Saturday, October 10, 2009

The Uncanny Valley 2: Racial Appearances

[This is a continutation of my previous post on the uncanny valley. If you don't know what the uncanny valley is, you may want to go back and read the previous post first.]

In 1931, at the beginning of the dénouement of the Harlem Renaissance, conservative (some would say "reactionary") African-American author George Schuyler penned Black No More, a bitingly ironic send-up of early 20th C. race discourse that lampoons the KKK and the spokepersons of "black consciousness" (W.E.B. Du Bois, Marcus Garvey, the NAACP) with equally acerbic satirical wit. Black No More is a complex and fascinating text and I can't give a full critical analysis of it here, but if you haven't read it, you should. The novel recounts the story of a rakish African-American insurance agent (Max Disher) who avails himself of the opportunity to "become white" by way of a new scientific machine developed, ironically, by an African-American scientist. In the novel, the machine offers a total transformation from "black" to "white," such that there is no way to perceive the difference between a person who has undergone the procedure and a "real" white person.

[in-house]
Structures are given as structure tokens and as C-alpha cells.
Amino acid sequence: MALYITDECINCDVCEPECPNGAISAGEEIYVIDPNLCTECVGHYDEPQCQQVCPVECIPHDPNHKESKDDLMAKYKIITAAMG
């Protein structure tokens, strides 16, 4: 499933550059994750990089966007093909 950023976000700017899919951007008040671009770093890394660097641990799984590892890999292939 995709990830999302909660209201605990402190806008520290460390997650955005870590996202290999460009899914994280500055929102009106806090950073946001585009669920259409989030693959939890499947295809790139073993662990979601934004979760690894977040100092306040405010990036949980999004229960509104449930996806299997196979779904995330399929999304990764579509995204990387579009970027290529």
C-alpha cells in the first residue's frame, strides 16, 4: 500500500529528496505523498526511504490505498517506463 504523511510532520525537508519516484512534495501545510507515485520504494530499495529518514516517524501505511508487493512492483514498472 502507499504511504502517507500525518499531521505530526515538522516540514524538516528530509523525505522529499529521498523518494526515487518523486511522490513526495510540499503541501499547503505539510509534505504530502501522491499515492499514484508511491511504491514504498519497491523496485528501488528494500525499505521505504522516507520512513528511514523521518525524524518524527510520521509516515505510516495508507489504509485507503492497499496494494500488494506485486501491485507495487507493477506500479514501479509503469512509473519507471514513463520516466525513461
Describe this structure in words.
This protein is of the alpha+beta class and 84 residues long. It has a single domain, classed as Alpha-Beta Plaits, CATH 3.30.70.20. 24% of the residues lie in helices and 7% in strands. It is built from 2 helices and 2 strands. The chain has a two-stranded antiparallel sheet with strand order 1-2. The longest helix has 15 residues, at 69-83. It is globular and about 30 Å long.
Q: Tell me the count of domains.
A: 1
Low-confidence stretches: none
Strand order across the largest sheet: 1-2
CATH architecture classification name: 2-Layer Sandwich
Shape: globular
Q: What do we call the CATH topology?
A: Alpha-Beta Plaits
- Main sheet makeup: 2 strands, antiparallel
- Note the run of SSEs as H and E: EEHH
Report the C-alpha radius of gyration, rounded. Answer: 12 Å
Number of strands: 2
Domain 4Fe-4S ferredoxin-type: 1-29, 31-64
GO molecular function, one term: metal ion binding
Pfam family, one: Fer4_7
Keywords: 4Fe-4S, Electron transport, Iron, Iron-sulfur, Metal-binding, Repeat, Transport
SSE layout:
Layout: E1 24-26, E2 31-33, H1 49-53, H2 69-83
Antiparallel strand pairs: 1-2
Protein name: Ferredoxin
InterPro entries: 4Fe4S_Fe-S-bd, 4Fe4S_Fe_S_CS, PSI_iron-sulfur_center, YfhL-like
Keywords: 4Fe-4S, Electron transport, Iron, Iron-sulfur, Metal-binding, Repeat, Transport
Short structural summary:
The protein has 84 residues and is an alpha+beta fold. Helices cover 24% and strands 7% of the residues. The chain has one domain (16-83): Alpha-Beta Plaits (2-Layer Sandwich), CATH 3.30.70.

Contemporary philosopher of race Charles Mills uses the example of (what he calls) the "Schuyler Machine" in his famous essay "But What Are You Really?: The Metaphysics of Race" from Blackness Visible: Essays on Philosophy and Race. Mills' hypothesis is that if there were such a thing as racial essences (in the "scientific" or biological sense) then we would easily be able to place people in racial categories (for example, by using a blood test) and we would never encounter racial "passing" as a metaphysical (or epistemological) problem. That is to say, we would never have occasion to ask the question-- of someone whose racial identity is ambiguous-- "but what are you really?" The very question itself assumes the "reality" of racial essences or, to state it another way, the question assumes that it is possible that one may ("really") BE other than how one APPEARS. But, as we all know, there is, in "reality," no litmus test for determining racial categories. "Race" is a social construction and its meaning and definitions change from context to context. The interesting metaphysical problem presented by the Schuyler Machine thought-experiment is: what is the difference between a "real" white person (who appears "white," that is, who is consistent with the "image" of "whiteness," that is, who adheres to all of the available criteria we have for determining "real" whiteness) on the one hand and, on the other hand, a formerly-"black" person who has undergone the operations of the Schuyler Machine (and who, consequently, "appears to appear 'white'," that is, who is only merely or superficially consistent with the "image" of "whiteness" qua "image")? If determinations of "race" can only be made by way of appearances, how do we distinguish between the "real" appearance and the "apparent" appearance? Why isn't the person who has been transformed via the Schuyler Machine really white?